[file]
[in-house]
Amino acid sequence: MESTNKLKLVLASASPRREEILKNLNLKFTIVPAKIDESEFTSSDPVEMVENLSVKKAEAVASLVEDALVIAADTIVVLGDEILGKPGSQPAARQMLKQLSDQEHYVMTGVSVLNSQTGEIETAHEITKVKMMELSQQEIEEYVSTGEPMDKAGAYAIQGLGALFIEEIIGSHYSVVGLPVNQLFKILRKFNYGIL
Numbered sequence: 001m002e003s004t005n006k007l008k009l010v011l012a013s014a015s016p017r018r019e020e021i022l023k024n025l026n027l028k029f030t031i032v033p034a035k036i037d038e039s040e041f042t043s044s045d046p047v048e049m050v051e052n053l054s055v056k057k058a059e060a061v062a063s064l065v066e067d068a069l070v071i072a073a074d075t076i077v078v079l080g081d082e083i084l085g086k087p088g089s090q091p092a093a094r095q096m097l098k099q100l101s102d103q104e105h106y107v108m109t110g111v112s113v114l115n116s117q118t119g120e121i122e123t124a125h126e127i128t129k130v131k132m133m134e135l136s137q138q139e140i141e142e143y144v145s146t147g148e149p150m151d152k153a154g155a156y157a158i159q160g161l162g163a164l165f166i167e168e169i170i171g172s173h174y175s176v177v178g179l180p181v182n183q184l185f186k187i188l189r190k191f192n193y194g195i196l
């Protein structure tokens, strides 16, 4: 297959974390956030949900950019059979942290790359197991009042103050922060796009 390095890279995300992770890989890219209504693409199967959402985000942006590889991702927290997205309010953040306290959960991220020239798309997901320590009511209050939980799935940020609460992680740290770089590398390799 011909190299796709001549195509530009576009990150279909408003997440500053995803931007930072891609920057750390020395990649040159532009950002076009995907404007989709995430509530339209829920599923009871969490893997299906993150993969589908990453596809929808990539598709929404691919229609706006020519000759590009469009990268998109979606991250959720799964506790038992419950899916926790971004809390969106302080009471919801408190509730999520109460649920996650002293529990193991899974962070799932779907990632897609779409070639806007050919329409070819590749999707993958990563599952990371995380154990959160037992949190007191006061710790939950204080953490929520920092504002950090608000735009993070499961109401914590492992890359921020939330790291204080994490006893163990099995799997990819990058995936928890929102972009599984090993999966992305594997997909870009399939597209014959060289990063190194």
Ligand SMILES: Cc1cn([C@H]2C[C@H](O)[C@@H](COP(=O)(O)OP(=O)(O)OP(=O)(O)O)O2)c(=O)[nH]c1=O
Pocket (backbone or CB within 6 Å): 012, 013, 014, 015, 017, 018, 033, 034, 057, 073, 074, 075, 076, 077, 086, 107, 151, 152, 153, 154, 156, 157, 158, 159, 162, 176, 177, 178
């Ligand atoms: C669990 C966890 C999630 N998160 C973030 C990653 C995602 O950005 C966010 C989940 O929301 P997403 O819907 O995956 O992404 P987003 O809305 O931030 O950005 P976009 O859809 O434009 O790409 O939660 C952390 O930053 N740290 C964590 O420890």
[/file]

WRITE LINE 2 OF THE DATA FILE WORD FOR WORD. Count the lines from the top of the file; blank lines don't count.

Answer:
Amino acid sequence: MESTNKLKLVLASASPRREEILKNLNLKFTIVPAKIDESEFTSSDPVEMVENLSVKKAEAVASLVEDALVIAADTIVVLGDEILGKPGSQPAARQMLKQLSDQEHYVMTGVSVLNSQTGEIETAHEITKVKMMELSQQEIEEYVSTGEPMDKAGAYAIQGLGALFIEEIIGSHYSVVGLPVNQLFKILRKFNYGIL